Don’t be fooled by ‘natural’ labeling
There’s no set standard for what food producers are allowed to label “natural.” So if you’re paying a premium for foods bearing the label — you’re being fooled.
You’re simply spending more on toxic pesticides, artificial growth hormones and GMOs. Because, basically, “natural” means the product was made using ingredients found on earth — which can include some 10,000 unhealthy additives.
Big food manufacturers are increasingly mislabeling foods containing dangerous ingredients and harmful chemicals as healthy, natural options—and American shoppers are being fooled daily.
Research just released from Consumer Reports shows that last year about 62 percent of Americans opted to buy so-called “natural” foods, believing they were free of genetically modified organisms, artificial ingredients and colors, chemicals and pesticides.
Unfortunately, that simply isn’t true.
Avoid the ‘natural’ marketing trap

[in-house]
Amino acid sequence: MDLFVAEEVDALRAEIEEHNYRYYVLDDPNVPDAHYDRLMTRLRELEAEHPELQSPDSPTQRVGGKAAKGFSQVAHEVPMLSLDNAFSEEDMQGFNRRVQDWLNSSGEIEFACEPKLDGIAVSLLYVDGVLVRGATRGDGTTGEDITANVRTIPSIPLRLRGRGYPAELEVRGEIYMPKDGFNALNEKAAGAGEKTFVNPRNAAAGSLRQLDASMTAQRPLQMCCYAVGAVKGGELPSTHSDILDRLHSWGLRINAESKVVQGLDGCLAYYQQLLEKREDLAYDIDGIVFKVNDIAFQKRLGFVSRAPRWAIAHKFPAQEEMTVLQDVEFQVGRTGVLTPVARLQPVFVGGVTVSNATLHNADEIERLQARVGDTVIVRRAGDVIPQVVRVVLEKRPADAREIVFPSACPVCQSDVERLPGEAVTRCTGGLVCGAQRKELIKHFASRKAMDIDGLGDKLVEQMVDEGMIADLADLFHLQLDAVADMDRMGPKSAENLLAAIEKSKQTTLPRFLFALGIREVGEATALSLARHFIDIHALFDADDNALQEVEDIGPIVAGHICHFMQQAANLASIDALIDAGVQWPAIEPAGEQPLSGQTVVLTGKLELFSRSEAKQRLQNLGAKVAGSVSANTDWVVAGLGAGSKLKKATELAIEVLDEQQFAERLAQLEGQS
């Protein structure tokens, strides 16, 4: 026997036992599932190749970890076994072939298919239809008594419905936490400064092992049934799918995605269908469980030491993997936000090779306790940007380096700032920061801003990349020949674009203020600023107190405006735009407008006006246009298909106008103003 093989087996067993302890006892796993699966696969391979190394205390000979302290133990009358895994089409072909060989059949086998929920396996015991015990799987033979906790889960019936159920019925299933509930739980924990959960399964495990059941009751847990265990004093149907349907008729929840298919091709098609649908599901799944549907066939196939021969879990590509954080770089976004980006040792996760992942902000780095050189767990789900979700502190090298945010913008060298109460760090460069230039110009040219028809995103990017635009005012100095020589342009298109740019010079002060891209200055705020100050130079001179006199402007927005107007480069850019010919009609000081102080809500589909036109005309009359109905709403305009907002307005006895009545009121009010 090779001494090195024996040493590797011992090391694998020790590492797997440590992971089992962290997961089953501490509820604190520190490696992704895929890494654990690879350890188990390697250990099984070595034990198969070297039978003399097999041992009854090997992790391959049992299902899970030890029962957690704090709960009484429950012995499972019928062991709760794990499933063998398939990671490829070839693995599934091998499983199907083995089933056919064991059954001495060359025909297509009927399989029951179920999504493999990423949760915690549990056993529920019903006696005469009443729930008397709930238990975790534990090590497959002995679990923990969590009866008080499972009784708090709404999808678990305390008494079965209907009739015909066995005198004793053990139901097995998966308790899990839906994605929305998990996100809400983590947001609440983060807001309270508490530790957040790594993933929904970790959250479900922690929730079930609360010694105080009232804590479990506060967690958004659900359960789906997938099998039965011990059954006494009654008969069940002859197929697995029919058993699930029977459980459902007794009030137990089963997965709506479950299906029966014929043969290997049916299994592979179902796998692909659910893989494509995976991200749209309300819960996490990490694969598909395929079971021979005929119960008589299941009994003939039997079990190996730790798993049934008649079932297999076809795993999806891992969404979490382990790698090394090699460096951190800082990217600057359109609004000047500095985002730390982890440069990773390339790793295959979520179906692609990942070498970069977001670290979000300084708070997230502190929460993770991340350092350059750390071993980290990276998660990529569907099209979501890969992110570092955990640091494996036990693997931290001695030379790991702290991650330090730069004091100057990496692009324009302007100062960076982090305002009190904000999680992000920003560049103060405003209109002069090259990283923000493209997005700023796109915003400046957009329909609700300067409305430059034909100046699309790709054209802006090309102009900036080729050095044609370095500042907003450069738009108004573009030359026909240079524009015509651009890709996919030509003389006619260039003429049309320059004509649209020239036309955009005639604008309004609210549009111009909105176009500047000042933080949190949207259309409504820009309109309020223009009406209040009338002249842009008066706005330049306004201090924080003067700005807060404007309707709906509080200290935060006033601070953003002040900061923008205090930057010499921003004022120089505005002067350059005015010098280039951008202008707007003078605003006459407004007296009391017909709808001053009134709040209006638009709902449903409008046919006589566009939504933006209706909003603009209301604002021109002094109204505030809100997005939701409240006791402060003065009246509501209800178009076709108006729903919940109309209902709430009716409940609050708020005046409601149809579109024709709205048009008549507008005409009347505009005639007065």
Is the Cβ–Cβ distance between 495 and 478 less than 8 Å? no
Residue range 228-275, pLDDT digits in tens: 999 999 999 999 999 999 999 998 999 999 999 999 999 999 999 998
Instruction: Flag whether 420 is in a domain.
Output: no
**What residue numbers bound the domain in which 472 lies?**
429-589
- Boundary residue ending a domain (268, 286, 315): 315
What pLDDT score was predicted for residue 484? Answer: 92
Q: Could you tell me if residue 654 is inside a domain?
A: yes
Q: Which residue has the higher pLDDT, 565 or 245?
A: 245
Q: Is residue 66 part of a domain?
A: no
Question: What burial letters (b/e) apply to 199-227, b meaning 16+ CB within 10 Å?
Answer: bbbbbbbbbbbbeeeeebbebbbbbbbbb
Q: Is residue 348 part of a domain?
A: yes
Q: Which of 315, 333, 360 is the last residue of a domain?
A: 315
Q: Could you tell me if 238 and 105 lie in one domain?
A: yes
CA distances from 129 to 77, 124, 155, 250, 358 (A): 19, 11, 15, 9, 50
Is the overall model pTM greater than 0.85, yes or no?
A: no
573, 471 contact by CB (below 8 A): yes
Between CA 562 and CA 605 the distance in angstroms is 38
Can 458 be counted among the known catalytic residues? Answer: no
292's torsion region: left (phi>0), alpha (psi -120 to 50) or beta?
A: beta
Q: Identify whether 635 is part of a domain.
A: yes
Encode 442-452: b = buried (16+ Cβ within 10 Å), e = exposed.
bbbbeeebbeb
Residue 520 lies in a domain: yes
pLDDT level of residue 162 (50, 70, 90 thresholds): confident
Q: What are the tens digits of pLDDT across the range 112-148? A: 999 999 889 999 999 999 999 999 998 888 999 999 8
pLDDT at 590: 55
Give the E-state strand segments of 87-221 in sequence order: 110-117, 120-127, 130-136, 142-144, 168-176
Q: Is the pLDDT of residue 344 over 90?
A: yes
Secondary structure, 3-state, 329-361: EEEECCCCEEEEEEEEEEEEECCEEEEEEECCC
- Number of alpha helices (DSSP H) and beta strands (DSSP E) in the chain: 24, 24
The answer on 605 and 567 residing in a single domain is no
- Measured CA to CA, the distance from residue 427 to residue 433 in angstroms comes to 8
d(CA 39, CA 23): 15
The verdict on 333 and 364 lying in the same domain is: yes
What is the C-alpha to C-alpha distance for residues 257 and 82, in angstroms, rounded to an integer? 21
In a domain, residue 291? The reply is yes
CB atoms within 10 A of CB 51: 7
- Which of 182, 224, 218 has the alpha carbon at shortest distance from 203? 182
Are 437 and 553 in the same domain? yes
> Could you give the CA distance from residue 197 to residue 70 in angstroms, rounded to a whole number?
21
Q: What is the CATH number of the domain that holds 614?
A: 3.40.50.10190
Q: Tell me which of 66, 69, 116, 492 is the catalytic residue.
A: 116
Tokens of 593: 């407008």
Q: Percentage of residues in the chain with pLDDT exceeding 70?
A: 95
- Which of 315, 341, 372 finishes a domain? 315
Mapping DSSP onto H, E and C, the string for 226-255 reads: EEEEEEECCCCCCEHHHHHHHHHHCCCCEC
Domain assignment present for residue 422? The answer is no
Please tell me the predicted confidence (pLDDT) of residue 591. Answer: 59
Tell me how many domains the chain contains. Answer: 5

Your very best option for truly natural food is to shop locally, either by finding farmers markets or small and mid-size farms in your area that sell directly to consumers. If you aren’t sure where to start, there are plenty of online resources, such as Local Harvest http://www.localharvest.org/, dedicated to putting shoppers in touch with local clean food producers.
When you do have to shop in chain grocery stores, there are a few things you can do to make sure you fill your basket with the healthiest options.
First, simply avoid any product labeled “natural” in the same way you avoid other obviously processed and unhealthy foods. After all, if the product truly is a healthy, natural option, it shouldn’t take so much convincing on the package.
When you do buy packaged foods, look for a “USDA Organic” or “Certified Organic” seal. By law, foods bearing those labels must contain at least 95 percent organic ingredients free of pesticides, GMOs, chemical fertilizers and industrial solvents.
A label that says “100 percent Organic” means just that, 100 percent of the ingredients are legally required to be organic.
Unfortunately, there has been some speculation in recent years that the USDA is not doing enough to enforce organic labeling requirements. So it’s still a good idea to keep a close eye on ingredients lists and to learn as much as you can about where the foods you buy come from.